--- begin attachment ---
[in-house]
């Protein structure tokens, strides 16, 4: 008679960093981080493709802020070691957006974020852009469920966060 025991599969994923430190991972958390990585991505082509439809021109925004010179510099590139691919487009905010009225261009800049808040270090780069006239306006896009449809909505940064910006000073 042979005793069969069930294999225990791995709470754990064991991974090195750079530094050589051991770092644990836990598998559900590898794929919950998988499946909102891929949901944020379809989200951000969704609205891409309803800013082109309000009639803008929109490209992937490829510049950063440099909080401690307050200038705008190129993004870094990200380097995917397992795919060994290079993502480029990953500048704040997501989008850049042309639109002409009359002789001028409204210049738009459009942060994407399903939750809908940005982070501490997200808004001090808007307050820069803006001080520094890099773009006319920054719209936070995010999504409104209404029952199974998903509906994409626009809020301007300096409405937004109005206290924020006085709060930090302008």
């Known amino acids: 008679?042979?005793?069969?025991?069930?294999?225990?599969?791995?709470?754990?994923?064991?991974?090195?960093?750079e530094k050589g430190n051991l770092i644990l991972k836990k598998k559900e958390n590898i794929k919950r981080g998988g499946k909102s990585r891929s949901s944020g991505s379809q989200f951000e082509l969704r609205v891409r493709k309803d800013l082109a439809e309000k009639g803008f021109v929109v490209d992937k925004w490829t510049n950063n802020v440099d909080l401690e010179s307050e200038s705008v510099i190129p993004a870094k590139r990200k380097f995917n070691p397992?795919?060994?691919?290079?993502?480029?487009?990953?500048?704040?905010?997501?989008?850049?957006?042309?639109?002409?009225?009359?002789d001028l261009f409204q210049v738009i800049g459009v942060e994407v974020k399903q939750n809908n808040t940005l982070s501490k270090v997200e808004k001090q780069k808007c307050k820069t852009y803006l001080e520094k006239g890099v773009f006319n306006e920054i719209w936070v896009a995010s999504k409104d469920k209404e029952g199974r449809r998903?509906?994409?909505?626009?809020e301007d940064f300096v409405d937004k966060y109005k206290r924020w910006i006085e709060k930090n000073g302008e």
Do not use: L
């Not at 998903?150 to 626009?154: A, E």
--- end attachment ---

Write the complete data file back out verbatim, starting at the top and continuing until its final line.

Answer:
[in-house]
């Protein structure tokens, strides 16, 4: 008679960093981080493709802020070691957006974020852009469920966060 025991599969994923430190991972958390990585991505082509439809021109925004010179510099590139691919487009905010009225261009800049808040270090780069006239306006896009449809909505940064910006000073 042979005793069969069930294999225990791995709470754990064991991974090195750079530094050589051991770092644990836990598998559900590898794929919950998988499946909102891929949901944020379809989200951000969704609205891409309803800013082109309000009639803008929109490209992937490829510049950063440099909080401690307050200038705008190129993004870094990200380097995917397992795919060994290079993502480029990953500048704040997501989008850049042309639109002409009359002789001028409204210049738009459009942060994407399903939750809908940005982070501490997200808004001090808007307050820069803006001080520094890099773009006319920054719209936070995010999504409104209404029952199974998903509906994409626009809020301007300096409405937004109005206290924020006085709060930090302008």
């Known amino acids: 008679?042979?005793?069969?025991?069930?294999?225990?599969?791995?709470?754990?994923?064991?991974?090195?960093?750079e530094k050589g430190n051991l770092i644990l991972k836990k598998k559900e958390n590898i794929k919950r981080g998988g499946k909102s990585r891929s949901s944020g991505s379809q989200f951000e082509l969704r609205v891409r493709k309803d800013l082109a439809e309000k009639g803008f021109v929109v490209d992937k925004w490829t510049n950063n802020v440099d909080l401690e010179s307050e200038s705008v510099i190129p993004a870094k590139r990200k380097f995917n070691p397992?795919?060994?691919?290079?993502?480029?487009?990953?500048?704040?905010?997501?989008?850049?957006?042309?639109?002409?009225?009359?002789d001028l261009f409204q210049v738009i800049g459009v942060e994407v974020k399903q939750n809908n808040t940005l982070s501490k270090v997200e808004k001090q780069k808007c307050k820069t852009y803006l001080e520094k006239g890099v773009f006319n306006e920054i719209w936070v896009a995010s999504k409104d469920k209404e029952g199974r449809r998903?509906?994409?909505?626009?809020e301007d940064f300096v409405d937004k966060y109005k206290r924020w910006i006085e709060k930090n000073g302008e």
Do not use: L
């Not at 998903?150 to 626009?154: A, E």